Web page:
The Marshfield Center for Textile Research is the long awaited venture of Kate Smith's 40 year career in the field of historic textiles. Situated in the hills of Vermont and off the beaten track, it is has been the home of the Marshfield School of Weaving since 1979 and Eaton Hill Textiles/ Lone Rock Farm since 1989. Between these two properties, which are less then a mile apart, are housed the largest collection of working 4 post barn frame looms in the country. This is also where a large portion of the spinning wheel collection and other related equipment from the American Textile History Museum arrived in 2016. Besides these wonderful artifacts there is the combined knowledge of Norman Kennedy and Kate Smith - both of whom have devoted their lives to the study and practice of 18 & 19th c. weaving, spinning, dyeing and fabric finishing techniques. The Center now offers the opportunity for other students of historic textile technology to come and use the resources housed in the two locations on whatever project takes their fancy!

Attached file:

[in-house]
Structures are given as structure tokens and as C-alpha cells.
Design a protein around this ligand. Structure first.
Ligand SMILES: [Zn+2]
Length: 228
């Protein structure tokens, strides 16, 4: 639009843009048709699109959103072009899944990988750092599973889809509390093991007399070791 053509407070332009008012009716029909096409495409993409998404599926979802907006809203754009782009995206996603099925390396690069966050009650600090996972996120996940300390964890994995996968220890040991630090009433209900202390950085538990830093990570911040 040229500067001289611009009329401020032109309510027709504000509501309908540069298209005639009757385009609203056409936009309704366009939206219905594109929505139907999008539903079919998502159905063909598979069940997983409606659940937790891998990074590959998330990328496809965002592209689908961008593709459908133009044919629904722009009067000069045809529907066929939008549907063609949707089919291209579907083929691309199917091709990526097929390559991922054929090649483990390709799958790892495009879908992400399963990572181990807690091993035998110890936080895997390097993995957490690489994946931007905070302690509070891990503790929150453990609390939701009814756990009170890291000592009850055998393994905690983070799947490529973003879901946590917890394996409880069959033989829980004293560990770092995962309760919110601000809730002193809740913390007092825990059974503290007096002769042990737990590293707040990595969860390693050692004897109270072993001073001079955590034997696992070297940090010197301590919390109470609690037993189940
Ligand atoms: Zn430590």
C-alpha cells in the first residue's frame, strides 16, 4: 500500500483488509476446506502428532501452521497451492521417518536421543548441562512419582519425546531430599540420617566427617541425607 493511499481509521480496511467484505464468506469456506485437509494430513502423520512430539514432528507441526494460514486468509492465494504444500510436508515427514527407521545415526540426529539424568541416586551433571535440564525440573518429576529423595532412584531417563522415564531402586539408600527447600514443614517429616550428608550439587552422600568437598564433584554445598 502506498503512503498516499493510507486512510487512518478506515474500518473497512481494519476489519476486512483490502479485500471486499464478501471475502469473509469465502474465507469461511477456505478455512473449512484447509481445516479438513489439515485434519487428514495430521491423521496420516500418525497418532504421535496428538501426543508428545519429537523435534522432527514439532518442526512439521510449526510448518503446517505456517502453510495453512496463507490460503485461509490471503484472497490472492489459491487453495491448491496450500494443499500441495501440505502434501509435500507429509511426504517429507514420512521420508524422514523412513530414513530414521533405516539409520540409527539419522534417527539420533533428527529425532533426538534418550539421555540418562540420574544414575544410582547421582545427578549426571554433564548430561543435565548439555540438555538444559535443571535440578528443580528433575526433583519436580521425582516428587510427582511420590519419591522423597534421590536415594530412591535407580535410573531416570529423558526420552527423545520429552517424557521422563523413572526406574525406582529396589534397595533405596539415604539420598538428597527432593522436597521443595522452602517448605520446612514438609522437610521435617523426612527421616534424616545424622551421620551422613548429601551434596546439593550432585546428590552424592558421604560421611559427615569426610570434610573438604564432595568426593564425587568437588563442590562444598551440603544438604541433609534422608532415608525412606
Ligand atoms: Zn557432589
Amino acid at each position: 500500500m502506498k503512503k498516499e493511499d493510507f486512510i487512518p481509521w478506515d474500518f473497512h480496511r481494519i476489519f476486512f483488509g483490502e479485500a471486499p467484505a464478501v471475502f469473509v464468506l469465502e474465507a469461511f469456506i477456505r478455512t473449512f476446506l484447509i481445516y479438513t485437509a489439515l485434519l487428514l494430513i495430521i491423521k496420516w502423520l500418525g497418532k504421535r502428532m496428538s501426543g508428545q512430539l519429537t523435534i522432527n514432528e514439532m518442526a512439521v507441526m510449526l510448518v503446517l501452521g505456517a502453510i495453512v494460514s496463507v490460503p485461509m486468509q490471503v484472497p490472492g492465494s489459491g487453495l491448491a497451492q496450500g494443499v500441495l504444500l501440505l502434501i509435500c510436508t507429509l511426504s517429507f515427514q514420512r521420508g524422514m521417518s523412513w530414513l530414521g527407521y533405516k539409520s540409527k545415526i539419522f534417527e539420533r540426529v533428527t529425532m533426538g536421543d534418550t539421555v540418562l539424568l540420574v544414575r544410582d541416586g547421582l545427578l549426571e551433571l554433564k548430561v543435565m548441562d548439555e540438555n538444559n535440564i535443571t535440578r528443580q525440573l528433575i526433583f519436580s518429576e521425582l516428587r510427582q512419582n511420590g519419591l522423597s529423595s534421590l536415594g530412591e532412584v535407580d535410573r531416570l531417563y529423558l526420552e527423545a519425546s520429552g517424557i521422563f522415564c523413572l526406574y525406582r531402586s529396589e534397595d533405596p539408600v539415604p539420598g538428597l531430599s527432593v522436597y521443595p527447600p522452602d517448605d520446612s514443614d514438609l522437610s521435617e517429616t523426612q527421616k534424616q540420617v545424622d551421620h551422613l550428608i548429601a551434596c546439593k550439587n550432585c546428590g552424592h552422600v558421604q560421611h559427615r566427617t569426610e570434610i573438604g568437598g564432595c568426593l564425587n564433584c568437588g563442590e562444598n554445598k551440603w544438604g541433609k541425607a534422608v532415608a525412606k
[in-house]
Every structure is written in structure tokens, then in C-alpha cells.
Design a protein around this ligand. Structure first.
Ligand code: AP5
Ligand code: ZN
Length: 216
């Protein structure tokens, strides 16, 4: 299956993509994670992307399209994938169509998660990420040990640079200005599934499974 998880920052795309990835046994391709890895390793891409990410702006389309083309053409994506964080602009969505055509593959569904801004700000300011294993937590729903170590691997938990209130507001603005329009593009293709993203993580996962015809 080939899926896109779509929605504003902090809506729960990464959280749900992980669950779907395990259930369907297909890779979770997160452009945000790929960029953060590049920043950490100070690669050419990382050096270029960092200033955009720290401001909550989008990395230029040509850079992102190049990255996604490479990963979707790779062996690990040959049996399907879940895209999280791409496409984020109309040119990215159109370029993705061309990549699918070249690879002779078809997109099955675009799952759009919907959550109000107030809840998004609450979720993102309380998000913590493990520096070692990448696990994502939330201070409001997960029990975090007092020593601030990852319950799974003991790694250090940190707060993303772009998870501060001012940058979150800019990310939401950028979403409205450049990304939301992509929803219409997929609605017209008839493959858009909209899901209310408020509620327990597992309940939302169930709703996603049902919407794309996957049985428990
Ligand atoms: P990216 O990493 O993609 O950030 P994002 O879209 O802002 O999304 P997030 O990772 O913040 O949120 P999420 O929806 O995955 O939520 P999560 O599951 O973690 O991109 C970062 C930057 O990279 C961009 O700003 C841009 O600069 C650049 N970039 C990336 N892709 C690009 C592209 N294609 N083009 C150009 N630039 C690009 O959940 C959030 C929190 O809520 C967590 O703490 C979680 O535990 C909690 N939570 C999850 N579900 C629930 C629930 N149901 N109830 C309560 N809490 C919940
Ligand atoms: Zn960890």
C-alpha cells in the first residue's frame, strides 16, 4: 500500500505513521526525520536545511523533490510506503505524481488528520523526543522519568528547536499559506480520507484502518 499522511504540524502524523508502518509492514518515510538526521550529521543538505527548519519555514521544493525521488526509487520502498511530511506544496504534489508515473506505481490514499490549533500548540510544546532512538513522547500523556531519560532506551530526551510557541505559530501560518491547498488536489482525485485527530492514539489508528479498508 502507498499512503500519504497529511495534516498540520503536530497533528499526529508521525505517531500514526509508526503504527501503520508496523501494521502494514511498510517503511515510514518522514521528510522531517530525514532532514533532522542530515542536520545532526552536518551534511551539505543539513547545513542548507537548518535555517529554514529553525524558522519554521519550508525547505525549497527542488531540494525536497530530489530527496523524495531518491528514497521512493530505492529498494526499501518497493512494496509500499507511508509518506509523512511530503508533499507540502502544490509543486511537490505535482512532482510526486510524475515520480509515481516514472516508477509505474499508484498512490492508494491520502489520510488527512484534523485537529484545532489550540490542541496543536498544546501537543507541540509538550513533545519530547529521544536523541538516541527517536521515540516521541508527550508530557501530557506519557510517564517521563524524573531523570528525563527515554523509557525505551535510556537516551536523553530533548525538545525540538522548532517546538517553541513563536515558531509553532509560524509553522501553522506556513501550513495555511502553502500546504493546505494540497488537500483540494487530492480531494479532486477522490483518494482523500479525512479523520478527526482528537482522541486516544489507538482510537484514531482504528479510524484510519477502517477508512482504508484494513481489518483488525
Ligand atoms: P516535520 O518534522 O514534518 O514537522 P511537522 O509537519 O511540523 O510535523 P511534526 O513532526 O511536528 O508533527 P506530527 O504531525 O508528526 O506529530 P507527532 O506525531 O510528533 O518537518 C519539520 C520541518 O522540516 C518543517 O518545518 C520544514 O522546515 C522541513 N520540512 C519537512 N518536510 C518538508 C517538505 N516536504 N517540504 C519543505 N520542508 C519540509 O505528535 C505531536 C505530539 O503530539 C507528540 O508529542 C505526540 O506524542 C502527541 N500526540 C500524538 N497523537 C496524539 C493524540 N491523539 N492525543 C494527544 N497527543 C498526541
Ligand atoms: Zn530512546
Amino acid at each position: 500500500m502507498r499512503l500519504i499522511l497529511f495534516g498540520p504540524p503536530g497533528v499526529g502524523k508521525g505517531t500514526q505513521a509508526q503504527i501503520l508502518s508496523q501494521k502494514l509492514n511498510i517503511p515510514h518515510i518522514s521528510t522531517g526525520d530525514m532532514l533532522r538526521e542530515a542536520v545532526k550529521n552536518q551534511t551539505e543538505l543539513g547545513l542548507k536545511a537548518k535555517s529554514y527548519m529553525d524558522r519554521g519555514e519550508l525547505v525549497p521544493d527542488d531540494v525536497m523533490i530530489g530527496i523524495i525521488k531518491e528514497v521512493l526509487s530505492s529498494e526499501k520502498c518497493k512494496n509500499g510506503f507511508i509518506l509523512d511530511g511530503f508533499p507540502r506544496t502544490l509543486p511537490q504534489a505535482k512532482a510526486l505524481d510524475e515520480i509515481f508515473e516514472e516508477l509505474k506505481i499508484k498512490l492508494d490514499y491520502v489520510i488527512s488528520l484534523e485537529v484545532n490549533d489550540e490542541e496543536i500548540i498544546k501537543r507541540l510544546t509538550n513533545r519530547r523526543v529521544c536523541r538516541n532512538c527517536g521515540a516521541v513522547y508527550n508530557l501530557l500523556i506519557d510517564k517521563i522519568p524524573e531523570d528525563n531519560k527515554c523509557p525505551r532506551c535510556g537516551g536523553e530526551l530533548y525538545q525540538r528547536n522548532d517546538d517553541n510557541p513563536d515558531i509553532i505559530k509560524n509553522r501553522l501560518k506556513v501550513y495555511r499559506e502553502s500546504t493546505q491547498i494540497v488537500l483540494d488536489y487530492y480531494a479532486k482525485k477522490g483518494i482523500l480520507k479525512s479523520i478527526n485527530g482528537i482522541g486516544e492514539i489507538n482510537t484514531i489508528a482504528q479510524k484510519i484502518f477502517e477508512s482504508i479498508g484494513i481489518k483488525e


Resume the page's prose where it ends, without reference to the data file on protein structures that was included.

STUDIO & EQUIPMENT
The studio at the Marshfield School of Weaving houses over 12 working 18th & 19th c. handlooms along with all of the warping, loom dressing and related textile tools. The ATHM spinning wheel collection along with an archival cabinet of distaffs, reeds, shuttles, etc is housed at Eaton Hill Textile Works across the road from the school.
LIBRARY & TEXTILE COLLECTION
Between the library of Kate Smith and Eaton Hill Textile Works we now have additional material from the American Textile History Museum. We received many period dye books as well as numerous articles on all manner of textile subjects from the museum archives.
Eaton Hill also has a large collection of textiles from the 19th c. including coverlets, whole cloth quilts, linens and woolen blankets. As part of a student research project we hope to have our library added to the online data base.
WHO WE ARE
TEACHERS & STAFF
Kate Smith came to study with Norman in 1979 and has devoted her whole working life to the study and execution of historic textiles. Her foray into textile research started with a desire to reproduce embossed fabrics from the 18th c. and after 10 years of trial and error experimentation, Eaton Hill Textile Works now is one of the only producers of this type of fabric in the US.
Along with Kate, many of her former students have vast knowledge and experience to share and are working on research projects of their own.
And last but not least, is Norman Kennedy who is a veritable goldmine of stories, photographs and hands on experience.